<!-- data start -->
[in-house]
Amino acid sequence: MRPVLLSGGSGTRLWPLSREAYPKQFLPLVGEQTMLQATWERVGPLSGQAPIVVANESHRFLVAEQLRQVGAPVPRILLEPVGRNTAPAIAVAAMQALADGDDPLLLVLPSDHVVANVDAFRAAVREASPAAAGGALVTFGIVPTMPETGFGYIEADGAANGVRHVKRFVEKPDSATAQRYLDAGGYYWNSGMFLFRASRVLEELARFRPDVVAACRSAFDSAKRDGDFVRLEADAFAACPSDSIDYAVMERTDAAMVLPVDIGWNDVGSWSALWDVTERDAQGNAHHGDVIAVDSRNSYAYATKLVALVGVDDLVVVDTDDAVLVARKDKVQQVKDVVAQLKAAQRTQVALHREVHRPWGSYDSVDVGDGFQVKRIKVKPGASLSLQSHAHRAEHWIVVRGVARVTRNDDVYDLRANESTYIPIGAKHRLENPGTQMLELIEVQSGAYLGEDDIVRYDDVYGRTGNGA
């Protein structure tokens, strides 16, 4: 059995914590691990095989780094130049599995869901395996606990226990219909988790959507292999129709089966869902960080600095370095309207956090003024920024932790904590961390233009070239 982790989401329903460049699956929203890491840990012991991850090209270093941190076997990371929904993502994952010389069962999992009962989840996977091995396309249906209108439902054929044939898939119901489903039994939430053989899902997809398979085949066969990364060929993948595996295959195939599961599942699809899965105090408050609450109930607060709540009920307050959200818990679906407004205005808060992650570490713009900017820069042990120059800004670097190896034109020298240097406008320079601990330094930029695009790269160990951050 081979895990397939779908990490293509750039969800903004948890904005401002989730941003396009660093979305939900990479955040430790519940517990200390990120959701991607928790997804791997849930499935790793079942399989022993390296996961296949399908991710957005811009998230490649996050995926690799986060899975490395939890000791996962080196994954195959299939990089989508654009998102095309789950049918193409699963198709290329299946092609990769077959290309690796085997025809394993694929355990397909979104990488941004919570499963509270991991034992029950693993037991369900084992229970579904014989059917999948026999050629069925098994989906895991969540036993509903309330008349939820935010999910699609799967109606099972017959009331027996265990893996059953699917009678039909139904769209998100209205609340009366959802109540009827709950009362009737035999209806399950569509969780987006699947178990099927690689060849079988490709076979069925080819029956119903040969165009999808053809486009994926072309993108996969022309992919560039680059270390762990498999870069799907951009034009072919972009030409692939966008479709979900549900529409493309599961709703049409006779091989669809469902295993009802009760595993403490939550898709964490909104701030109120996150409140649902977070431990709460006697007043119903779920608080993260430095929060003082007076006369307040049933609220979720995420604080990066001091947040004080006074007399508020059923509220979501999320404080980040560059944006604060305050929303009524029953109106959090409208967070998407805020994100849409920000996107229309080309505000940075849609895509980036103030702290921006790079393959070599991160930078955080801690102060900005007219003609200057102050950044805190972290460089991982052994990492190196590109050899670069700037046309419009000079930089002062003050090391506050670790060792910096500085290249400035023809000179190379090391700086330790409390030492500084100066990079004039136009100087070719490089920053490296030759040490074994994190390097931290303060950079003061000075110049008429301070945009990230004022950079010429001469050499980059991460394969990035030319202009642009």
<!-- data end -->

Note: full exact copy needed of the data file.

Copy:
[in-house]
Amino acid sequence: MRPVLLSGGSGTRLWPLSREAYPKQFLPLVGEQTMLQATWERVGPLSGQAPIVVANESHRFLVAEQLRQVGAPVPRILLEPVGRNTAPAIAVAAMQALADGDDPLLLVLPSDHVVANVDAFRAAVREASPAAAGGALVTFGIVPTMPETGFGYIEADGAANGVRHVKRFVEKPDSATAQRYLDAGGYYWNSGMFLFRASRVLEELARFRPDVVAACRSAFDSAKRDGDFVRLEADAFAACPSDSIDYAVMERTDAAMVLPVDIGWNDVGSWSALWDVTERDAQGNAHHGDVIAVDSRNSYAYATKLVALVGVDDLVVVDTDDAVLVARKDKVQQVKDVVAQLKAAQRTQVALHREVHRPWGSYDSVDVGDGFQVKRIKVKPGASLSLQSHAHRAEHWIVVRGVARVTRNDDVYDLRANESTYIPIGAKHRLENPGTQMLELIEVQSGAYLGEDDIVRYDDVYGRTGNGA
């Protein structure tokens, strides 16, 4: 059995914590691990095989780094130049599995869901395996606990226990219909988790959507292999129709089966869902960080600095370095309207956090003024920024932790904590961390233009070239 982790989401329903460049699956929203890491840990012991991850090209270093941190076997990371929904993502994952010389069962999992009962989840996977091995396309249906209108439902054929044939898939119901489903039994939430053989899902997809398979085949066969990364060929993948595996295959195939599961599942699809899965105090408050609450109930607060709540009920307050959200818990679906407004205005808060992650570490713009900017820069042990120059800004670097190896034109020298240097406008320079601990330094930029695009790269160990951050 081979895990397939779908990490293509750039969800903004948890904005401002989730941003396009660093979305939900990479955040430790519940517990200390990120959701991607928790997804791997849930499935790793079942399989022993390296996961296949399908991710957005811009998230490649996050995926690799986060899975490395939890000791996962080196994954195959299939990089989508654009998102095309789950049918193409699963198709290329299946092609990769077959290309690796085997025809394993694929355990397909979104990488941004919570499963509270991991034992029950693993037991369900084992229970579904014989059917999948026999050629069925098994989906895991969540036993509903309330008349939820935010999910699609799967109606099972017959009331027996265990893996059953699917009678039909139904769209998100209205609340009366959802109540009827709950009362009737035999209806399950569509969780987006699947178990099927690689060849079988490709076979069925080819029956119903040969165009999808053809486009994926072309993108996969022309992919560039680059270390762990498999870069799907951009034009072919972009030409692939966008479709979900549900529409493309599961709703049409006779091989669809469902295993009802009760595993403490939550898709964490909104701030109120996150409140649902977070431990709460006697007043119903779920608080993260430095929060003082007076006369307040049933609220979720995420604080990066001091947040004080006074007399508020059923509220979501999320404080980040560059944006604060305050929303009524029953109106959090409208967070998407805020994100849409920000996107229309080309505000940075849609895509980036103030702290921006790079393959070599991160930078955080801690102060900005007219003609200057102050950044805190972290460089991982052994990492190196590109050899670069700037046309419009000079930089002062003050090391506050670790060792910096500085290249400035023809000179190379090391700086330790409390030492500084100066990079004039136009100087070719490089920053490296030759040490074994994190390097931290303060950079003061000075110049008429301070945009990230004022950079010429001469050499980059991460394969990035030319202009642009």